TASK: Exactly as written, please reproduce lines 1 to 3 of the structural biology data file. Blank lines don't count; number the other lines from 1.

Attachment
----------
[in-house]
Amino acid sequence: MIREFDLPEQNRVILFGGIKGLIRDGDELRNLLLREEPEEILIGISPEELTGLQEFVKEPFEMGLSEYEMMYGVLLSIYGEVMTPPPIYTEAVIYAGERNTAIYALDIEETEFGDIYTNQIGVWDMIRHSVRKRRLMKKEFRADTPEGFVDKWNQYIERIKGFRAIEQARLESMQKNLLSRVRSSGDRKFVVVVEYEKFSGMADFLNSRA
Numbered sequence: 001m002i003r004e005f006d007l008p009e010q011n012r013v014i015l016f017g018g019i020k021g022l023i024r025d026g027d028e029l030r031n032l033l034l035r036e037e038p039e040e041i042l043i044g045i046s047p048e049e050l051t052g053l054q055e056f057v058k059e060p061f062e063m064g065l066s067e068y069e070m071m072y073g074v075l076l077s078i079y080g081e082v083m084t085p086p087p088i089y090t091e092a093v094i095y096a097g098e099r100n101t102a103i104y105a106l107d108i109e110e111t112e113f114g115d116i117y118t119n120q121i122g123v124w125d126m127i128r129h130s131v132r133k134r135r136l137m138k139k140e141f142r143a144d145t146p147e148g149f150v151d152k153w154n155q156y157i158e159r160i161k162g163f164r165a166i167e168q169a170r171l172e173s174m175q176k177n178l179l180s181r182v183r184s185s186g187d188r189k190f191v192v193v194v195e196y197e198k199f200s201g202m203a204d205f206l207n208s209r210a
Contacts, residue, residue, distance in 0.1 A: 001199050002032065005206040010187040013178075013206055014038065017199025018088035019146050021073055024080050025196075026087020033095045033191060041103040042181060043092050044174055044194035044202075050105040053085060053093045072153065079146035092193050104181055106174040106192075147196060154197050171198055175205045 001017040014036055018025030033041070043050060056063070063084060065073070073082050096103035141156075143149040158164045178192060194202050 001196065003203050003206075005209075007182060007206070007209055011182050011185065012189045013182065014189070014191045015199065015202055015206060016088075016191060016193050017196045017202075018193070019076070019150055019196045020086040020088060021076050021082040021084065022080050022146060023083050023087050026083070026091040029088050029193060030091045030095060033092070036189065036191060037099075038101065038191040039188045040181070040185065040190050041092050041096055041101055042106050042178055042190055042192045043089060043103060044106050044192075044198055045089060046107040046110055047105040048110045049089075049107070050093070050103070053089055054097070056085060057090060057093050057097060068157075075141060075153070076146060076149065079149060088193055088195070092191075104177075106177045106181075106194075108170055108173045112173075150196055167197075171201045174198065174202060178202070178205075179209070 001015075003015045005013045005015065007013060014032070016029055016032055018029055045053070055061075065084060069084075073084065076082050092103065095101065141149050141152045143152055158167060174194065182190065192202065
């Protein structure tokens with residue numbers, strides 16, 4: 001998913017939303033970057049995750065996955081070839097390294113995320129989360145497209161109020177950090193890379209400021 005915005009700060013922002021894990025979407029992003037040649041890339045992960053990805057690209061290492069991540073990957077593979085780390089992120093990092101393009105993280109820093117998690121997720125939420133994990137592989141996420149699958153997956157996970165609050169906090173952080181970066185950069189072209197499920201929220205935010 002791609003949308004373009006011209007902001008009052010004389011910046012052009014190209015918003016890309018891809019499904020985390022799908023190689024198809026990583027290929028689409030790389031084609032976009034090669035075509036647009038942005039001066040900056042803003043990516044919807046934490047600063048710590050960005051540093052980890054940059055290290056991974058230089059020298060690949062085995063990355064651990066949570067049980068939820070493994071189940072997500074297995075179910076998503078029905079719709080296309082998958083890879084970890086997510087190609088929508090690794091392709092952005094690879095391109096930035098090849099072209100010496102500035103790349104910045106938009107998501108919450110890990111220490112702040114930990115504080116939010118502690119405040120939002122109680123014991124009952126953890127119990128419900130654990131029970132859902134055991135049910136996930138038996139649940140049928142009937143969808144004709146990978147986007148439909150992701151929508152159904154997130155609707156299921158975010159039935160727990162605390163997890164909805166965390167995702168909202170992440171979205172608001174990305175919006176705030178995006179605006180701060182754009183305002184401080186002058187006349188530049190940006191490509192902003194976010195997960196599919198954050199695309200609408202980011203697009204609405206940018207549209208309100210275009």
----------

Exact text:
[in-house]
Amino acid sequence: MIREFDLPEQNRVILFGGIKGLIRDGDELRNLLLREEPEEILIGISPEELTGLQEFVKEPFEMGLSEYEMMYGVLLSIYGEVMTPPPIYTEAVIYAGERNTAIYALDIEETEFGDIYTNQIGVWDMIRHSVRKRRLMKKEFRADTPEGFVDKWNQYIERIKGFRAIEQARLESMQKNLLSRVRSSGDRKFVVVVEYEKFSGMADFLNSRA
Numbered sequence: 001m002i003r004e005f006d007l008p009e010q011n012r013v014i015l016f017g018g019i020k021g022l023i024r025d026g027d028e029l030r031n032l033l034l035r036e037e038p039e040e041i042l043i044g045i046s047p048e049e050l051t052g053l054q055e056f057v058k059e060p061f062e063m064g065l066s067e068y069e070m071m072y073g074v075l076l077s078i079y080g081e082v083m084t085p086p087p088i089y090t091e092a093v094i095y096a097g098e099r100n101t102a103i104y105a106l107d108i109e110e111t112e113f114g115d116i117y118t119n120q121i122g123v124w125d126m127i128r129h130s131v132r133k134r135r136l137m138k139k140e141f142r143a144d145t146p147e148g149f150v151d152k153w154n155q156y157i158e159r160i161k162g163f164r165a166i167e168q169a170r171l172e173s174m175q176k177n178l179l180s181r182v183r184s185s186g187d188r189k190f191v192v193v194v195e196y197e198k199f200s201g202m203a204d205f206l207n208s209r210a